THE surgeon is happy with the outcome of Gareth Widdop's shoulder procedure.

England stand-off Widdop, who is set to join Warrington Wolves on a three-year deal from 2020, went under the knife yesterday after suffering a third shoulder dislocation in 12 months during St George Illawarra Dragons' victory over Brisbane Broncos in the Australian NRL competition on Thursday.

It was feared his season was over.

But yesterday the 30-year-old Halifax-born star had a piece of bone removed from another area of his body to strengthen the shoulder in the latest reconstruction.

Dragons performance staff feel confident he will play again this season.

"He had a procedure that's called a Latarjet shoulder reconstruction," said Dragons' head of athletic performance, Nathan Pickworth.

"The take a piece of bone from elsewhere in his body and they move it into his shoulder to make the socket deeper at the ball-and-socket joint.

"It's a really stable shoulder reconstruction that only has about a two percent failure rate.

"He's pulled up really well from that.

"I spoke to the surgeon late last night and the surgeon's really happy with how the procedure went.

"Typically, the recovery from one of these is about four to five months but at this stage I think it's a bit too early to give a specific return to play timeframe for Gareth.

"But I'm pretty optimistic that Gareth hasn't played his last game for the Dragons."


Pickworth explained why this particular surgery, with its low failure rate, was not called on for the previous reconstruction in the off-season.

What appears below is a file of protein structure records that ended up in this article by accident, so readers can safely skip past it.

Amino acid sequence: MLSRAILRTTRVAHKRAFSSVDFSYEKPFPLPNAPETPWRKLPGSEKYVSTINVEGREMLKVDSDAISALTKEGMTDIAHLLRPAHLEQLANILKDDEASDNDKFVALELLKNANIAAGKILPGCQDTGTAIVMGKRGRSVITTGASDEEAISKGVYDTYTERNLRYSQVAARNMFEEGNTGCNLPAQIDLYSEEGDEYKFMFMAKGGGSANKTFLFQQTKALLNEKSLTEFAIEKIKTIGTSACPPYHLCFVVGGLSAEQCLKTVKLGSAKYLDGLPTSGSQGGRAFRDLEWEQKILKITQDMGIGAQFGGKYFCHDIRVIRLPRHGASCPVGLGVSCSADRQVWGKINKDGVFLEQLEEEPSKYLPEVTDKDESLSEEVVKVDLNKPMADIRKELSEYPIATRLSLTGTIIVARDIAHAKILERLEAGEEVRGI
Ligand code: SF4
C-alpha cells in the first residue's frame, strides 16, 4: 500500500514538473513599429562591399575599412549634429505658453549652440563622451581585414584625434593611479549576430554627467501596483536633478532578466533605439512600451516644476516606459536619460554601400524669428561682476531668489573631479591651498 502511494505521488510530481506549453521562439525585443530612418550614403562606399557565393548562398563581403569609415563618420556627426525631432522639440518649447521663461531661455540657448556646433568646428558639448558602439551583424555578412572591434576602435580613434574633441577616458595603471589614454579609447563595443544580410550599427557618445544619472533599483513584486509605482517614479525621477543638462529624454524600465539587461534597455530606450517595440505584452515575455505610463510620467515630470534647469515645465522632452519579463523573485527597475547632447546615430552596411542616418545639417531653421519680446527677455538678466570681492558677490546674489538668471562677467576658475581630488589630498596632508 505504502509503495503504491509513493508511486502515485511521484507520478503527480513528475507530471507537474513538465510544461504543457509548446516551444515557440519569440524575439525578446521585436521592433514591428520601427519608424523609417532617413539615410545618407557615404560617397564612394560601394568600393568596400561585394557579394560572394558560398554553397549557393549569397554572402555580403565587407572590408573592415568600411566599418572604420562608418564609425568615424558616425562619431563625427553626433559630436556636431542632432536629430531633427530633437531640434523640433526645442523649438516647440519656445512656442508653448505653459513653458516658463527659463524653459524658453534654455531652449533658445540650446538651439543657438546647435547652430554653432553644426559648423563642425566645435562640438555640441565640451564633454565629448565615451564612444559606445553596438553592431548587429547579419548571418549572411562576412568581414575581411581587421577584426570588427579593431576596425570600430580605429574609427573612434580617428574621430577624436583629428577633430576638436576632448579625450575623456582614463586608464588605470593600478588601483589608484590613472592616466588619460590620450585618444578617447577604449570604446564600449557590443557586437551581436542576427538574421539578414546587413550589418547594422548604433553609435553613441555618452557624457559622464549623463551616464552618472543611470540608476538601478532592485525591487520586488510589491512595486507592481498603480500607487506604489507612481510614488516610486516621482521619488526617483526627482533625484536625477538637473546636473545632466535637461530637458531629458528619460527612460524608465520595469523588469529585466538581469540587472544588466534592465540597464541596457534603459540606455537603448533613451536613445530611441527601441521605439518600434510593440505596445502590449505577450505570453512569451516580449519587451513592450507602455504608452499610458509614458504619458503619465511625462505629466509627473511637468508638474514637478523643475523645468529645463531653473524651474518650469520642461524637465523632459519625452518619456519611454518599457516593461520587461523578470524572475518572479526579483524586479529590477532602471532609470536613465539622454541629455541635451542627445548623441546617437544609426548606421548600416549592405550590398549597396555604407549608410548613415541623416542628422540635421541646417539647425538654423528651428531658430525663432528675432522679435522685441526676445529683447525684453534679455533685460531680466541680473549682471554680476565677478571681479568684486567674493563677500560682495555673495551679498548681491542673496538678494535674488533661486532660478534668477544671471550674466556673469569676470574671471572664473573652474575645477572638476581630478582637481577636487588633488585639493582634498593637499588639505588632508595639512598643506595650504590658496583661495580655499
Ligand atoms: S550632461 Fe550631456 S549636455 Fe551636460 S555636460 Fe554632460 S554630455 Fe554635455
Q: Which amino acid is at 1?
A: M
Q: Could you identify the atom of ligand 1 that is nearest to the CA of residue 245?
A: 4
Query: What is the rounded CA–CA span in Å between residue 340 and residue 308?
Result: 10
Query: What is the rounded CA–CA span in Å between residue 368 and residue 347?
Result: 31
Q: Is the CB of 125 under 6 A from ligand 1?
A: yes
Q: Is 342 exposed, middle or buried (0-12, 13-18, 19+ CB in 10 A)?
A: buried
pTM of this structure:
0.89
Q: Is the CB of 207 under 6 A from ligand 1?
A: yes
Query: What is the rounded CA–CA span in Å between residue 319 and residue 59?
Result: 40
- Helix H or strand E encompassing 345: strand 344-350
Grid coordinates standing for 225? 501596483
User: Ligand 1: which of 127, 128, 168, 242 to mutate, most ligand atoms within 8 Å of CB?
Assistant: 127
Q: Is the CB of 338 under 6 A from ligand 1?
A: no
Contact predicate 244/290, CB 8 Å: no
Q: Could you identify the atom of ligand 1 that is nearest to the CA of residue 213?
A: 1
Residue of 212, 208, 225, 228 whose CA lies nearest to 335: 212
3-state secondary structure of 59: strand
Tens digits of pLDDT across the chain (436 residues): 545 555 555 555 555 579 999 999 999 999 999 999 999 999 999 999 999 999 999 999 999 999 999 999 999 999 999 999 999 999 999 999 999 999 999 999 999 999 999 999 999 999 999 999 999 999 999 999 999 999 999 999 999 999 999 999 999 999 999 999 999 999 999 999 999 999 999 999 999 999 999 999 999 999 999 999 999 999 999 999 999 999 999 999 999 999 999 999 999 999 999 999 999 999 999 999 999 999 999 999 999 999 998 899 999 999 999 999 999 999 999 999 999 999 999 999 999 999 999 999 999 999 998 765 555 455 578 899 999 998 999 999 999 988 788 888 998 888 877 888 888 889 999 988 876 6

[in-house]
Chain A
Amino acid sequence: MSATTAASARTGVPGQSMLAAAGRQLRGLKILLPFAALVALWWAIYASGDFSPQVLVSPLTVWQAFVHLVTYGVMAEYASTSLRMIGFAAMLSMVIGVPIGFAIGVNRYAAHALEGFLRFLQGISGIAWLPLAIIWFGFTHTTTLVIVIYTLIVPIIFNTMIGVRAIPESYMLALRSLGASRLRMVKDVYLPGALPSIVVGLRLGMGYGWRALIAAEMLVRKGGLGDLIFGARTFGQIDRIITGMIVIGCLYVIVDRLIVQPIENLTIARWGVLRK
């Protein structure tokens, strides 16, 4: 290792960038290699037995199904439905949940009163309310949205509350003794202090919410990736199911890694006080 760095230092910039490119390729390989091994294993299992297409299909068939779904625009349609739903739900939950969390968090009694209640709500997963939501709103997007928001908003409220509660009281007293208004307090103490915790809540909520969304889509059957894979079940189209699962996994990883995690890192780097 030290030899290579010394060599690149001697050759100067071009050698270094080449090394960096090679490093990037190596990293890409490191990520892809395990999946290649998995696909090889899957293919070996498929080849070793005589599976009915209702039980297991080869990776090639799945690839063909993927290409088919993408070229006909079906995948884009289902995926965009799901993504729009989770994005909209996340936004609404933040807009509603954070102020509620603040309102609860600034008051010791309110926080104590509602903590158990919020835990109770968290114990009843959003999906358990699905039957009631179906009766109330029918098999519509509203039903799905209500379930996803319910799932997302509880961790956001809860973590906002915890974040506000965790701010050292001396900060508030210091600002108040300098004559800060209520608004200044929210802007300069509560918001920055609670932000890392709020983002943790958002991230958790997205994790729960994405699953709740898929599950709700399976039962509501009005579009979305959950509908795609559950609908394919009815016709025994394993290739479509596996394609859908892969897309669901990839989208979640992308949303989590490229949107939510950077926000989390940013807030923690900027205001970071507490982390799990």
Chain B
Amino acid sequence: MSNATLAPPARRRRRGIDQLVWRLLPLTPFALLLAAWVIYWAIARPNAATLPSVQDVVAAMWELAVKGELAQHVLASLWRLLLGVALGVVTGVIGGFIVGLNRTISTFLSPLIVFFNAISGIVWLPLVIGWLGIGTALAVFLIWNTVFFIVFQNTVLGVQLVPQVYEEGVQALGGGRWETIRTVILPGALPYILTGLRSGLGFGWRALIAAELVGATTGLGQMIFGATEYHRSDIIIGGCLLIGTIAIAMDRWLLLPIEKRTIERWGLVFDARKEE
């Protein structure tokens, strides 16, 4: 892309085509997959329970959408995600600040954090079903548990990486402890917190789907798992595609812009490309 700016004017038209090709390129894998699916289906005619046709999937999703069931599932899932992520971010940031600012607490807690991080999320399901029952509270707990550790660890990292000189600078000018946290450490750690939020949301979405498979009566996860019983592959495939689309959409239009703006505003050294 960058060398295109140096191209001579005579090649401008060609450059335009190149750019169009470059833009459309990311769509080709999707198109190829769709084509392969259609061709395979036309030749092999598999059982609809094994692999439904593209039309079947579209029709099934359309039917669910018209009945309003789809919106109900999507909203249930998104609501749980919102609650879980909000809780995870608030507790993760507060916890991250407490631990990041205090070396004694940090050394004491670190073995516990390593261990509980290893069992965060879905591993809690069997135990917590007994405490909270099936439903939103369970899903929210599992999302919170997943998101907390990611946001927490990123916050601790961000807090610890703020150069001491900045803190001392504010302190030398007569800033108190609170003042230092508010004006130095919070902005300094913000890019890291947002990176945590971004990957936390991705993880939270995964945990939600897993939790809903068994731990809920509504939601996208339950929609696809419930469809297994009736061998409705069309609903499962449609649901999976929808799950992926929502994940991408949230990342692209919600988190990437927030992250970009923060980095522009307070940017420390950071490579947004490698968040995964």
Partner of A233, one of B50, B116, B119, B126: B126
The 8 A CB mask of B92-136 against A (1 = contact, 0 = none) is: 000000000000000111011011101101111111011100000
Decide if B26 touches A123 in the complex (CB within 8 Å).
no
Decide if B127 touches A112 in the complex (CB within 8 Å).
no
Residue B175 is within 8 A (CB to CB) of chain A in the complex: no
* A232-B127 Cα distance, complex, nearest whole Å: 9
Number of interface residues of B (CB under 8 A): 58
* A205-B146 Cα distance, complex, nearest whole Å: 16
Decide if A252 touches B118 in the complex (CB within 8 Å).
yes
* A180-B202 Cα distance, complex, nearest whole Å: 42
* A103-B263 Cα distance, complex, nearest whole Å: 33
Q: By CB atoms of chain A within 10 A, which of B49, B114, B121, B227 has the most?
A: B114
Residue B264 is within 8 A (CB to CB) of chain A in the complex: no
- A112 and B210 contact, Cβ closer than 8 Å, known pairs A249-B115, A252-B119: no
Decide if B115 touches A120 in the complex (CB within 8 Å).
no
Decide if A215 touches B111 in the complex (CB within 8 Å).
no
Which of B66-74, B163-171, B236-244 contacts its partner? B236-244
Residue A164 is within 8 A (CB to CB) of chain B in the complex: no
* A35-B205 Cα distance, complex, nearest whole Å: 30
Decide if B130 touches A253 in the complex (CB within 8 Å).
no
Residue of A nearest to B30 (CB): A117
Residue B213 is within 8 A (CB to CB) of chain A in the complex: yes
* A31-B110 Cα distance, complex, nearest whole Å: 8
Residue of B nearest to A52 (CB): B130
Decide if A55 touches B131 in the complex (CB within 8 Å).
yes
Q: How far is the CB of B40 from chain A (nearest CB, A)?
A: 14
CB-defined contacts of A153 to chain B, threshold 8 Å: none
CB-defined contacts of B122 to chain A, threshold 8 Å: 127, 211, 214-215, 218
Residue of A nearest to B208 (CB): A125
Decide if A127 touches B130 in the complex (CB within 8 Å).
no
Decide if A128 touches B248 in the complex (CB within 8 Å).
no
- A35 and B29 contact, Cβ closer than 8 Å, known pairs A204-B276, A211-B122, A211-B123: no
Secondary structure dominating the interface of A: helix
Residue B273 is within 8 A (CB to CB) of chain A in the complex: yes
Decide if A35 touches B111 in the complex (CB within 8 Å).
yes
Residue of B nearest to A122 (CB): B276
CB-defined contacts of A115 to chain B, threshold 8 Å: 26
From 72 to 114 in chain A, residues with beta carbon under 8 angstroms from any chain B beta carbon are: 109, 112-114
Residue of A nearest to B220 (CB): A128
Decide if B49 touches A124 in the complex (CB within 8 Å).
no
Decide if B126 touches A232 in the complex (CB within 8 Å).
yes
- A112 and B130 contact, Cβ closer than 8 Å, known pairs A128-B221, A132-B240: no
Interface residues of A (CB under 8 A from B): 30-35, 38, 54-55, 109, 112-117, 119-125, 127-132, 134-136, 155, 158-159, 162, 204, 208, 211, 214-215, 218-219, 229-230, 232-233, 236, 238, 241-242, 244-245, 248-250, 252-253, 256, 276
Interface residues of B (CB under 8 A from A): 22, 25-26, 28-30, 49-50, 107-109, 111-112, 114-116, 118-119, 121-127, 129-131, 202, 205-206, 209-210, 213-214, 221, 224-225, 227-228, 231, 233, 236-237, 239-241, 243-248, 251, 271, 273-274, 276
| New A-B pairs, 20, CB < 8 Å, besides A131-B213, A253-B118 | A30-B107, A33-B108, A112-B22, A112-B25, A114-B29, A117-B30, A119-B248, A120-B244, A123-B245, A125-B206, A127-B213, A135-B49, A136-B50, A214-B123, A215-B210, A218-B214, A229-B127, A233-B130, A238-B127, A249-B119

"Typically, there's three types of shoulder reconstruction," he said.

"There's the Latarjet procedure, there's the open reconstruction and the keyhole reconstruction.

"For the procedure to go ahead, you have to meet certain criteria.

"Like any surgery, the Latarjet surgery isn't without potential complications and risk factors.

> How the story broke of Widdop's third disocation in 12 months

"Back in the off season, it was determined with the surgeon and specialist that he was most suitable for an open reconstruction.

"The open reconstruction still only has about a six percent failure rate so that's how the decision was made.

"Gareth was happy with the decision, I was happy and the club was too.

"That surgery went really well and just unfortunately the connective tissue wasn't quite strong enough to hold up for Gareth in that instance.

"After the scans and assessing the shoulder with specialists this week, he indicated for that Latarjet procedure and that's how the decision was made to go with that one this time."